There are two especially interesting things about this recipe. First of all, it instructs you to make a flower-water flavored ball of almond paste from blanched almonds and sugar. Presumably this mix might have been a shelf-stable item. Then, when you’re ready to make the jumballs, the recipe instructs you to pipe the batter through a syringe or otherwise shape them elaborately. Although we made valiant attempts to shape our jumballs, our dough did not cooperate. We even tried piping it through a plastic glove with a snipped finger since we didn’t have a pastry bag! As a result, the egg measurement in our recipe below asks you to add egg whites one at a time and pay attention to the consistency of the mix.
Makes about two dozen cookies.
1lb blanched almonds or ground almonds
2T orange flower water (or rose water)
3C sugar (1C for sugar syrup, 2C for cookie formation)
4-5 egg whites
Preheat your oven to 350F.
Mix together ground almonds and flower water. Toast the almond mix for about 2 minutes. Remove when the mix starts to brown.
Make a “thick” sugar syrup. Bring 1C sugar and scant 1C water to a boil until the sugar is dissolved. This will produce about 1 1/2C sugar syrup.
Add the sugar syrup 1/2C at at time to the toasted almond mix. At this point you can form the mix into balls and divide into batches (if you prefer).
Raise the oven temperature to 400F.
Put the almond mix balls in a large mixing bowl. Stir in 2C sugar (for the whole amount).
Separate your eggs. You can either whip your egg whites to produce a slightly fluffier jumball or skip this step to create a chewier jumball (see results discussion below). Add egg whites to the almond sugar mix one at a time (approximate if whipped) until your dough is moist and pliable. You should be able to roll a piece of it into a log on a flat surface.
Taste the mixture and add additional flower water to taste. (We didn’t add any more at this point.)
Shape your dough into twists, letters, etc. Write your name, make a funny face, shape a flower, and have fun with it! Place your jumball shapes on two or more greased baking sheets.
Bake at 400F for 20 min until the jumballs are lightly browned.
Fresh from the oven the jumballs were chewy, sweet, and fragrant. A day later they were like hard macaroons. We were pleased with how they turned out. They were nothing like the buttery seed-filled shortbread-like Jumballs Alyssa and I made in 2014. Every recipe book seems to have a receipt for Jumballs and we look forward to exploring more versions with you soon.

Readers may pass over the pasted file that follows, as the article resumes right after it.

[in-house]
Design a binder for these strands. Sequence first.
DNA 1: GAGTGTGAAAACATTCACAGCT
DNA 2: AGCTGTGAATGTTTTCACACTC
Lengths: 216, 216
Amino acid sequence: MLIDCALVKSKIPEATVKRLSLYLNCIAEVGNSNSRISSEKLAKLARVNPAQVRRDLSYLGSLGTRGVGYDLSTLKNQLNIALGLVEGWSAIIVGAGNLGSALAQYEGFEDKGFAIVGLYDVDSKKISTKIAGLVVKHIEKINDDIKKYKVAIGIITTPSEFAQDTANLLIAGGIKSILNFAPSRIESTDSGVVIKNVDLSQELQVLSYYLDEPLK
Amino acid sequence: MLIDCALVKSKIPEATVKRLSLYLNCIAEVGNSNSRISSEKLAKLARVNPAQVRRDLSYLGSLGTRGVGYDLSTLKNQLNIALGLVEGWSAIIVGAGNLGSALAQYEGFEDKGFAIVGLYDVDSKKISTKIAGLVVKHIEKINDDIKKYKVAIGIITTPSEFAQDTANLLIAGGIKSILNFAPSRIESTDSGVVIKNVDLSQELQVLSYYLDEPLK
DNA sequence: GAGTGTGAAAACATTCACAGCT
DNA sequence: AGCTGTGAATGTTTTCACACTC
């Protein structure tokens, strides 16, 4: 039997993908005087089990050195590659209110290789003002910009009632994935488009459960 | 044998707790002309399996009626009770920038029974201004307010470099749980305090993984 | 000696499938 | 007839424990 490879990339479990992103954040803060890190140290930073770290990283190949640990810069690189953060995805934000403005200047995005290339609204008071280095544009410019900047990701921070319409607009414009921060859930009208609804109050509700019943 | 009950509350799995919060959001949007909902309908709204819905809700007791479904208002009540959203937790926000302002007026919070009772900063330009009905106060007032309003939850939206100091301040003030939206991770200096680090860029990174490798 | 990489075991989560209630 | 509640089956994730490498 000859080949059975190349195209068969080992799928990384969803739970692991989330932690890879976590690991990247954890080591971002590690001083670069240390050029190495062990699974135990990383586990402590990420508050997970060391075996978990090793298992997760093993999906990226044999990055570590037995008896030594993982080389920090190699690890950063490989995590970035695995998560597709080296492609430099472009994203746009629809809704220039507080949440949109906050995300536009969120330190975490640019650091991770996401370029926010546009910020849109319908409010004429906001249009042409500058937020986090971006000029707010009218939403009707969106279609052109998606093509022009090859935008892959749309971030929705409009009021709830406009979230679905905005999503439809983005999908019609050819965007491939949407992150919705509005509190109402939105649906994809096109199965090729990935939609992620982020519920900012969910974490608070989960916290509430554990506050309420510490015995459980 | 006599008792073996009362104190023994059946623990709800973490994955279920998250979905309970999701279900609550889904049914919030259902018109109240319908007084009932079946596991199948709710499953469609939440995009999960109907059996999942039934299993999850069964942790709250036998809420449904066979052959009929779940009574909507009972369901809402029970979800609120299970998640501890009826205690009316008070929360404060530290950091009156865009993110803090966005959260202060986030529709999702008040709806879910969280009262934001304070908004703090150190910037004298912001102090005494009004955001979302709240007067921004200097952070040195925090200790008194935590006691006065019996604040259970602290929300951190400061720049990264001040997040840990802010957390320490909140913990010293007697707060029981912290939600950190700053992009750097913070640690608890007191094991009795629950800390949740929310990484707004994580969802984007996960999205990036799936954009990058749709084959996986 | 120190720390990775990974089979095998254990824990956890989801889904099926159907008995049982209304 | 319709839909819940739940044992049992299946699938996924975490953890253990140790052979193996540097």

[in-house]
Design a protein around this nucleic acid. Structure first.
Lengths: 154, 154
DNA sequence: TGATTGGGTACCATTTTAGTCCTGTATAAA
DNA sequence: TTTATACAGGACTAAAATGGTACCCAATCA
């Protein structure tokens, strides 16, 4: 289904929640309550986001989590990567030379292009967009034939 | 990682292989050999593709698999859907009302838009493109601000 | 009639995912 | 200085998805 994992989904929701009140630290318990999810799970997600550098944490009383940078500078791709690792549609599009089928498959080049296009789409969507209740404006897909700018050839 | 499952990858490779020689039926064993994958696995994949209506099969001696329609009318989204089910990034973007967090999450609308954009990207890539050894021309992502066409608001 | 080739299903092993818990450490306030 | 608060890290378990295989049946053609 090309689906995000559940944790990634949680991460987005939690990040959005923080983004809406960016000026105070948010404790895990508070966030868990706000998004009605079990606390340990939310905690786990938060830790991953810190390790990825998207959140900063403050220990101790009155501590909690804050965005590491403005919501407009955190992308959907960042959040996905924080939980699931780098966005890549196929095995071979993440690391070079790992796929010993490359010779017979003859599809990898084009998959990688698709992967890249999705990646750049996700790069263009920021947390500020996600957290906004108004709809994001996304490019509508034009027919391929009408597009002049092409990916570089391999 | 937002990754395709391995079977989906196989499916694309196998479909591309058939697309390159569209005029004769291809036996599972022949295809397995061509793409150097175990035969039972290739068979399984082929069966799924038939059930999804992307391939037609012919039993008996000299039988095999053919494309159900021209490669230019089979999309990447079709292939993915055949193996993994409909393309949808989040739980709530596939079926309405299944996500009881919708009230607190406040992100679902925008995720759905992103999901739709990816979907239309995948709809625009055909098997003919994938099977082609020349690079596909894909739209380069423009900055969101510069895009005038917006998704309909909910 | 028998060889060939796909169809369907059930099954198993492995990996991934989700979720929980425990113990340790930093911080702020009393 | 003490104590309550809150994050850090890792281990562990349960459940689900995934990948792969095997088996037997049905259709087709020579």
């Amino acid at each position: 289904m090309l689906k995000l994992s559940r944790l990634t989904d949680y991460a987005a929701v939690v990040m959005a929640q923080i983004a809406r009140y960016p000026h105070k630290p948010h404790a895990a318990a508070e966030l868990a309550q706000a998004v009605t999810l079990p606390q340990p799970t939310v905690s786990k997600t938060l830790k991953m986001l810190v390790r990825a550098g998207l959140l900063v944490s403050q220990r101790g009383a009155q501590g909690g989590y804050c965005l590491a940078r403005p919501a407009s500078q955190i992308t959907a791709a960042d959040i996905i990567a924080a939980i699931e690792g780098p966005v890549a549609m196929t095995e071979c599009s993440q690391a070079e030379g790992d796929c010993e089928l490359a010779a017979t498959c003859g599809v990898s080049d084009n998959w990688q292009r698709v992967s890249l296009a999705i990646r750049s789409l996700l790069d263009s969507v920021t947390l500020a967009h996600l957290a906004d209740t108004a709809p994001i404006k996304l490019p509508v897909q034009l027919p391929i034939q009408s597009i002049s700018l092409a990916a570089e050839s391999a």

Alyssa and I always learn when we cook together, but cooking with a group was a new experience for me. With so many people completing tasks and offering opinions, we collaborated to make a better version of the recipe. For example, we weren’t sure if we needed to whip the egg whites or not before adding them to the almond and sugar mixture. By dividing the almonds into two batches, were were able to try both approaches. After trying and tasting both versions, we decided that the whipped egg whites added fluffiness, but because of the density of the almond mix they did not add enough buoyancy to make the step absolutely necessary. Others preferred the denser texture of the batch with the normal egg whites. My recipe above includes both options.
Here at Cooking in the Archives we believe that people can learn a lot about early modern recipes by reading them and cooking them. I can’t wait to here what else the Introduction to Paleography students find, try, taste, read, and learn as a result of this training.
The first example is from UPenn Ms. Codex 626 (32r) “Hopestill: Brett, Her Booke: 1678”
A sawce for a hare
Rost beef suit in the hares
shred when put in
belley: then bake it when shee is
Rosted and then put the graue
to it and sum butter and stis
Sum nutmig in and salt
The second example is from UPenn Ms. Codex 1601 (7r)
To boile Chickens on sorrell sops.
Truss your chickens & boile them in water
& salt, verie tender, then take a good
handfull of sorrell & beate itt stalke &
all, then straine itt & take a manchet
& cutt itt in sippetts & drye them before
The fire, then putt your green brouth